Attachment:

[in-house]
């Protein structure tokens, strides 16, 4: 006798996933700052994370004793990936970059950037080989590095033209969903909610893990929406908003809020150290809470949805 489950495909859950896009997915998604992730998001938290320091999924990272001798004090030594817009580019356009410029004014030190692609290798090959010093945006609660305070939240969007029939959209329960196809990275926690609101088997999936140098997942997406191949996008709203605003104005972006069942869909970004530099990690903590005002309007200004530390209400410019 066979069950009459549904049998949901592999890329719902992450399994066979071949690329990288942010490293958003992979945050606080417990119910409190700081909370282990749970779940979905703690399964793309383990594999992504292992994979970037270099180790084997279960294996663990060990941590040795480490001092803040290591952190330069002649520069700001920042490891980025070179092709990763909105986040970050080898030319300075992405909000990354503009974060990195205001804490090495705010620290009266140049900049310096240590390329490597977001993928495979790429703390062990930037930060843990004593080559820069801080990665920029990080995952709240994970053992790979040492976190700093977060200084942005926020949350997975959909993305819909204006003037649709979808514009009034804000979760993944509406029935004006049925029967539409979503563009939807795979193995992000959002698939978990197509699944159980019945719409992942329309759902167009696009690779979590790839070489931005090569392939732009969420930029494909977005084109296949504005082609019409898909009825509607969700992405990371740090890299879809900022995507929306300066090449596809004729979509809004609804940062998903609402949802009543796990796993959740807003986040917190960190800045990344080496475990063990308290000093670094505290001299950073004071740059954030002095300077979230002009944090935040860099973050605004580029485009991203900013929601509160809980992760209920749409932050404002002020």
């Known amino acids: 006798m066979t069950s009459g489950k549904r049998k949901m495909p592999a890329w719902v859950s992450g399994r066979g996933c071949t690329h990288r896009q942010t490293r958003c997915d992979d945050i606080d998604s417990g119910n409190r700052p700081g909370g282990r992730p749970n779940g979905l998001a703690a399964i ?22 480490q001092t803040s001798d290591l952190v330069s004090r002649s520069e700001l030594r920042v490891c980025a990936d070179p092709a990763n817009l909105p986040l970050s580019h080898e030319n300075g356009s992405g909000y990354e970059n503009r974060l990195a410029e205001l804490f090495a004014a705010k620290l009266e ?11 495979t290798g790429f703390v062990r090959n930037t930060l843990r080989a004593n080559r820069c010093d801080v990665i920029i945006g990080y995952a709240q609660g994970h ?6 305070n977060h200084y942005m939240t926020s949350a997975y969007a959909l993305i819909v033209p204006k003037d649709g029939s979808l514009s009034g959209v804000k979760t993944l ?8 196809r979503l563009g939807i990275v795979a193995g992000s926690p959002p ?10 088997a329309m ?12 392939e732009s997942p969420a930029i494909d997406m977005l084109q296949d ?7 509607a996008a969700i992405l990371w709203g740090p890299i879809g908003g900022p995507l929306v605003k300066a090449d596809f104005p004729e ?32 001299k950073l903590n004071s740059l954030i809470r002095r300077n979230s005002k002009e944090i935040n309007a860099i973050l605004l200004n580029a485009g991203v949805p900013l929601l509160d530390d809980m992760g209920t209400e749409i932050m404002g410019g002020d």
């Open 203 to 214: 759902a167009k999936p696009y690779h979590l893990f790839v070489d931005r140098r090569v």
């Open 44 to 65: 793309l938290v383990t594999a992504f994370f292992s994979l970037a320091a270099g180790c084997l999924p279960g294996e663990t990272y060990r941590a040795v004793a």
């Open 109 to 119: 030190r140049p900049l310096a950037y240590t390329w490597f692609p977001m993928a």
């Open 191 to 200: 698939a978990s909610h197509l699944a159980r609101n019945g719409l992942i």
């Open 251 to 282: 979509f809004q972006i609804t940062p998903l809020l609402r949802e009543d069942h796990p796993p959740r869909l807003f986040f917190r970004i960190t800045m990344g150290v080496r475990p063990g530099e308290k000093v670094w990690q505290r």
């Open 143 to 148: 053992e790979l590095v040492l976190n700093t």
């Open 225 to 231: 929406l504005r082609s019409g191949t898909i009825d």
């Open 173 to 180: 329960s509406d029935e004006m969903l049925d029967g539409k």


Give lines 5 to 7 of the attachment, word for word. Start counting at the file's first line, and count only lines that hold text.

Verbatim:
């Open 44 to 65: 793309l938290v383990t594999a992504f994370f292992s994979l970037a320091a270099g180790c084997l999924p279960g294996e663990t990272y060990r941590a040795v004793a």
């Open 109 to 119: 030190r140049p900049l310096a950037y240590t390329w490597f692609p977001m993928a």
């Open 191 to 200: 698939a978990s909610h197509l699944a159980r609101n019945g719409l992942i």